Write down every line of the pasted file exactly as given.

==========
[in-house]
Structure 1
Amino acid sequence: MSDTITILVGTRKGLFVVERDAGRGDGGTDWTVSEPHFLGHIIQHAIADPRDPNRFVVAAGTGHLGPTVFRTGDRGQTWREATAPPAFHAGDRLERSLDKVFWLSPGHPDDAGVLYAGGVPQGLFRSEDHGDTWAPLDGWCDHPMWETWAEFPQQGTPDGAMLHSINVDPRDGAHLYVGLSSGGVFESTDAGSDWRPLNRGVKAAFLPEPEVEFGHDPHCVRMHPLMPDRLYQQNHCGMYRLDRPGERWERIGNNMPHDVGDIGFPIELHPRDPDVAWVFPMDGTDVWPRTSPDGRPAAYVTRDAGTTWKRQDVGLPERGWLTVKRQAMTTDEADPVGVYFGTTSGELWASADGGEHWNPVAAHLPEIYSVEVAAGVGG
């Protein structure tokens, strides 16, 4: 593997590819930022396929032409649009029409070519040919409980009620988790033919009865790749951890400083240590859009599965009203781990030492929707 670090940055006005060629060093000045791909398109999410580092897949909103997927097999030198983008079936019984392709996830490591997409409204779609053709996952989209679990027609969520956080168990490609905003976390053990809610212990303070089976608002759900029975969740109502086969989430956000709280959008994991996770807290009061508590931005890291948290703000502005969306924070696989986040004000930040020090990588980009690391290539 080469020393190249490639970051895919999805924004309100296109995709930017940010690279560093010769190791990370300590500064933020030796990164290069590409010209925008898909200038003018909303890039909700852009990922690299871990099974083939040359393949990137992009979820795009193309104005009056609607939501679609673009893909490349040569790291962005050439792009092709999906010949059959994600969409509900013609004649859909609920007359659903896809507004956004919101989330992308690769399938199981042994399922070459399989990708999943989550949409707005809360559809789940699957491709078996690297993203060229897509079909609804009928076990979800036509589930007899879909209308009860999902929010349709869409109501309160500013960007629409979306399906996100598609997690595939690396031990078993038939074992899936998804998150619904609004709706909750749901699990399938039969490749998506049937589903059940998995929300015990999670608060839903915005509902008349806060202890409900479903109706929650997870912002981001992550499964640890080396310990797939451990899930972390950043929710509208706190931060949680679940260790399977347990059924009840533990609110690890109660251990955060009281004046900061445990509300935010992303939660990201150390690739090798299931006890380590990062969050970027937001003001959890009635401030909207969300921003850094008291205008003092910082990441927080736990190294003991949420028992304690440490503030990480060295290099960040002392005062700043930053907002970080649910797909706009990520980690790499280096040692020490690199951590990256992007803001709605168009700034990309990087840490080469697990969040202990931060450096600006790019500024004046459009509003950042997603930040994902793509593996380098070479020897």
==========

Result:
[in-house]
Structure 1
Amino acid sequence: MSDTITILVGTRKGLFVVERDAGRGDGGTDWTVSEPHFLGHIIQHAIADPRDPNRFVVAAGTGHLGPTVFRTGDRGQTWREATAPPAFHAGDRLERSLDKVFWLSPGHPDDAGVLYAGGVPQGLFRSEDHGDTWAPLDGWCDHPMWETWAEFPQQGTPDGAMLHSINVDPRDGAHLYVGLSSGGVFESTDAGSDWRPLNRGVKAAFLPEPEVEFGHDPHCVRMHPLMPDRLYQQNHCGMYRLDRPGERWERIGNNMPHDVGDIGFPIELHPRDPDVAWVFPMDGTDVWPRTSPDGRPAAYVTRDAGTTWKRQDVGLPERGWLTVKRQAMTTDEADPVGVYFGTTSGELWASADGGEHWNPVAAHLPEIYSVEVAAGVGG
């Protein structure tokens, strides 16, 4: 593997590819930022396929032409649009029409070519040919409980009620988790033919009865790749951890400083240590859009599965009203781990030492929707 670090940055006005060629060093000045791909398109999410580092897949909103997927097999030198983008079936019984392709996830490591997409409204779609053709996952989209679990027609969520956080168990490609905003976390053990809610212990303070089976608002759900029975969740109502086969989430956000709280959008994991996770807290009061508590931005890291948290703000502005969306924070696989986040004000930040020090990588980009690391290539 080469020393190249490639970051895919999805924004309100296109995709930017940010690279560093010769190791990370300590500064933020030796990164290069590409010209925008898909200038003018909303890039909700852009990922690299871990099974083939040359393949990137992009979820795009193309104005009056609607939501679609673009893909490349040569790291962005050439792009092709999906010949059959994600969409509900013609004649859909609920007359659903896809507004956004919101989330992308690769399938199981042994399922070459399989990708999943989550949409707005809360559809789940699957491709078996690297993203060229897509079909609804009928076990979800036509589930007899879909209308009860999902929010349709869409109501309160500013960007629409979306399906996100598609997690595939690396031990078993038939074992899936998804998150619904609004709706909750749901699990399938039969490749998506049937589903059940998995929300015990999670608060839903915005509902008349806060202890409900479903109706929650997870912002981001992550499964640890080396310990797939451990899930972390950043929710509208706190931060949680679940260790399977347990059924009840533990609110690890109660251990955060009281004046900061445990509300935010992303939660990201150390690739090798299931006890380590990062969050970027937001003001959890009635401030909207969300921003850094008291205008003092910082990441927080736990190294003991949420028992304690440490503030990480060295290099960040002392005062700043930053907002970080649910797909706009990520980690790499280096040692020490690199951590990256992007803001709605168009700034990309990087840490080469697990969040202990931060450096600006790019500024004046459009509003950042997603930040994902793509593996380098070479020897």